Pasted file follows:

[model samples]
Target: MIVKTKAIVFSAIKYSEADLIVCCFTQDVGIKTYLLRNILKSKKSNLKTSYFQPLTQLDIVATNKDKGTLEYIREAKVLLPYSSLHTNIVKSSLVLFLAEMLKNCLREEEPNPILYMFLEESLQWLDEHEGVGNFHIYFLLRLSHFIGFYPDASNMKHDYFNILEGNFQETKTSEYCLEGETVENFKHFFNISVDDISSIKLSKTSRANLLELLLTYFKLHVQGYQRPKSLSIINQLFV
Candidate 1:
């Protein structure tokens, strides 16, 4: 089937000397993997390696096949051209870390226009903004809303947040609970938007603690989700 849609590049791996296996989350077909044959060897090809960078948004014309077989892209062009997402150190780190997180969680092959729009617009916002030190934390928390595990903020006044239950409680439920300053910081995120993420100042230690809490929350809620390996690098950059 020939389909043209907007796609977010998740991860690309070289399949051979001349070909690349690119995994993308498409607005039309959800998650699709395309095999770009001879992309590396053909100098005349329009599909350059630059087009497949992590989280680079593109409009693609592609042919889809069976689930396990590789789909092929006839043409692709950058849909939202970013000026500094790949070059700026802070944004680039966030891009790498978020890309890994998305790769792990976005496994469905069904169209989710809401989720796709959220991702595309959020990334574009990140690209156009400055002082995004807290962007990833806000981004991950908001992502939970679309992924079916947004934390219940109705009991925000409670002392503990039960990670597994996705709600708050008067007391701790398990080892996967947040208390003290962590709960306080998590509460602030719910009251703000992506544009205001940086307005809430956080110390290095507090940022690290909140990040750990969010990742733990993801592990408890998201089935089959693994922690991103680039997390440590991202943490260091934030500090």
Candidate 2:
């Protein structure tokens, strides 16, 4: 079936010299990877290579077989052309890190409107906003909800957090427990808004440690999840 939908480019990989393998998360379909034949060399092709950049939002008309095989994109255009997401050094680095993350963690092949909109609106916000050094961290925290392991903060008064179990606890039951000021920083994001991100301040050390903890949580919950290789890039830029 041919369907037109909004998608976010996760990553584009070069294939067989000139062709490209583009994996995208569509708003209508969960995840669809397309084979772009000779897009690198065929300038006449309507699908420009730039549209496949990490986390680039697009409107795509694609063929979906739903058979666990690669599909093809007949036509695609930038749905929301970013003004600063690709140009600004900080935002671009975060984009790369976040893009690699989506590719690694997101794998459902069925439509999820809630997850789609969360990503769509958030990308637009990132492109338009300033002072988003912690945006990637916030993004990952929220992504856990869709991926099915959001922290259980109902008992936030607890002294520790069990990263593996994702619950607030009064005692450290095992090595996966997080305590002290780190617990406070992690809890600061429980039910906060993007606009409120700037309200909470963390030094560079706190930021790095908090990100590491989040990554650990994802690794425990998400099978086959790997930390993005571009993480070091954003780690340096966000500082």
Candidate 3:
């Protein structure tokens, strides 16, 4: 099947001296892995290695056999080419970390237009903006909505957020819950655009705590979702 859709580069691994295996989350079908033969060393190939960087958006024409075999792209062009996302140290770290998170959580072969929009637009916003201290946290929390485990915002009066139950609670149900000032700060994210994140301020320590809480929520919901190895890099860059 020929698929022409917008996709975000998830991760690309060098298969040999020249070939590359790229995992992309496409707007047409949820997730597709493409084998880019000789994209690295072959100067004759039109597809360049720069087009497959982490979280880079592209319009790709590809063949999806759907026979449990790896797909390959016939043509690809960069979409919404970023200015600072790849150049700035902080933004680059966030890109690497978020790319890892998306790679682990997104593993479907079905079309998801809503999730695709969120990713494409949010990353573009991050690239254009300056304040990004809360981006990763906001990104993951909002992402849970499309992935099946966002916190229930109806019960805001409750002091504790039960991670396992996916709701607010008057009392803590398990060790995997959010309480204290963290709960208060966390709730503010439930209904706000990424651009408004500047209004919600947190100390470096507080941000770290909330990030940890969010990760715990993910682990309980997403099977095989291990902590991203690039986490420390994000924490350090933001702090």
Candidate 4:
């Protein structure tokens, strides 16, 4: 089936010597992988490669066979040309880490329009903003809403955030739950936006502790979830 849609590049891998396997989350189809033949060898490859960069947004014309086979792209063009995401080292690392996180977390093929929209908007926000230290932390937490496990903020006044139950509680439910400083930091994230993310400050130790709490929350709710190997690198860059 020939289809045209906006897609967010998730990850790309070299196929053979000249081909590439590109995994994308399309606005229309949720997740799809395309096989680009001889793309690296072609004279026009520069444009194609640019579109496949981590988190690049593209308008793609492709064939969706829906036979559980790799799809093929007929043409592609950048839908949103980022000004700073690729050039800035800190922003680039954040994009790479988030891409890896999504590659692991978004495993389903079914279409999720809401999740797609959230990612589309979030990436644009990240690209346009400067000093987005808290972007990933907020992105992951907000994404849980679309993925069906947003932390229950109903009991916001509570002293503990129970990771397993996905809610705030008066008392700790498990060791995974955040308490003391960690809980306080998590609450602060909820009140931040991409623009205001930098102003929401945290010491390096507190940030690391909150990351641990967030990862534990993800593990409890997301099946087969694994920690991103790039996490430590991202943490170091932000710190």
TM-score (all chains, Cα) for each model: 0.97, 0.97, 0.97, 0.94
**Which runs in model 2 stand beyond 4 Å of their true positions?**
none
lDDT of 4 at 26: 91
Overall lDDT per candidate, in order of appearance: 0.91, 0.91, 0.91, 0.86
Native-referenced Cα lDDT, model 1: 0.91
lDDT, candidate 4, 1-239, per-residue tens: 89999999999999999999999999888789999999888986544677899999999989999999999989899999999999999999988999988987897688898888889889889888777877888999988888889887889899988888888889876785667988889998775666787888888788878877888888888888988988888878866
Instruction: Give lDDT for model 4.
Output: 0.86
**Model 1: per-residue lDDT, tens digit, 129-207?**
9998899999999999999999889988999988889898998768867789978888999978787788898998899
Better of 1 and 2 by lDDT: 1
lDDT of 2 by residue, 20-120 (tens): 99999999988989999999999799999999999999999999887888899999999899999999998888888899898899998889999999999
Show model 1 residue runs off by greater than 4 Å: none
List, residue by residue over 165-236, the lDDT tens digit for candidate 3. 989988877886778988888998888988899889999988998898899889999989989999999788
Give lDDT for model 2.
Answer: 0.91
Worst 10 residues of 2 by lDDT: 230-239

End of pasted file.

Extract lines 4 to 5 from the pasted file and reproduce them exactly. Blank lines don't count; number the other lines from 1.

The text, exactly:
């Protein structure tokens, strides 16, 4: 089937000397993997390696096949051209870390226009903004809303947040609970938007603690989700 849609590049791996296996989350077909044959060897090809960078948004014309077989892209062009997402150190780190997180969680092959729009617009916002030190934390928390595990903020006044239950409680439920300053910081995120993420100042230690809490929350809620390996690098950059 020939389909043209907007796609977010998740991860690309070289399949051979001349070909690349690119995994993308498409607005039309959800998650699709395309095999770009001879992309590396053909100098005349329009599909350059630059087009497949992590989280680079593109409009693609592609042919889809069976689930396990590789789909092929006839043409692709950058849909939202970013000026500094790949070059700026802070944004680039966030891009790498978020890309890994998305790769792990976005496994469905069904169209989710809401989720796709959220991702595309959020990334574009990140690209156009400055002082995004807290962007990833806000981004991950908001992502939970679309992924079916947004934390219940109705009991925000409670002392503990039960990670597994996705709600708050008067007391701790398990080892996967947040208390003290962590709960306080998590509460602030719910009251703000992506544009205001940086307005809430956080110390290095507090940022690290909140990040750990969010990742733990993801592990408890998201089935089959693994922690991103680039997390440590991202943490260091934030500090």
Candidate 2: